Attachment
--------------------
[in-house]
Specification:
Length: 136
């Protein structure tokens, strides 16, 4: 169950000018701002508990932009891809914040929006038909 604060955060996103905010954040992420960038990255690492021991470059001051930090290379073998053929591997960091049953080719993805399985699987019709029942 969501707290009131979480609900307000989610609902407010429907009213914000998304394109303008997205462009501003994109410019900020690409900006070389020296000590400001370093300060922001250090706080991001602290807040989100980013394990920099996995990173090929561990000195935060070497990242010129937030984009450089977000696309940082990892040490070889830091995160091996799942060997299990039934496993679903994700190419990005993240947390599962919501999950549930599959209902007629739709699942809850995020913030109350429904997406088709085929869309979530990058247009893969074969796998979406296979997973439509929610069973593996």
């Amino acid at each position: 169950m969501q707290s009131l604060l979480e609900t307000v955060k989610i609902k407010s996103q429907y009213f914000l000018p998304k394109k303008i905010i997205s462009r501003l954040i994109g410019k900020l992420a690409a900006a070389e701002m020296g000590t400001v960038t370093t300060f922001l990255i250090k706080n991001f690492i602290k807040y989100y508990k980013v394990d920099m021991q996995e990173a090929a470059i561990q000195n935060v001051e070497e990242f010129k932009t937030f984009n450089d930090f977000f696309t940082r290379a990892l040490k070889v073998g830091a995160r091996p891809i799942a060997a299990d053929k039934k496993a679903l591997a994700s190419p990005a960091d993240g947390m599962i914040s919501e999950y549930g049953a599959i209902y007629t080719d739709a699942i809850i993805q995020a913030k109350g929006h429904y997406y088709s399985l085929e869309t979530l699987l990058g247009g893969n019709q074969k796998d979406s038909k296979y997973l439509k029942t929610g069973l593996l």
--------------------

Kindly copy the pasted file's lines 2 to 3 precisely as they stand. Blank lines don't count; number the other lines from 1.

Specification:
Length: 136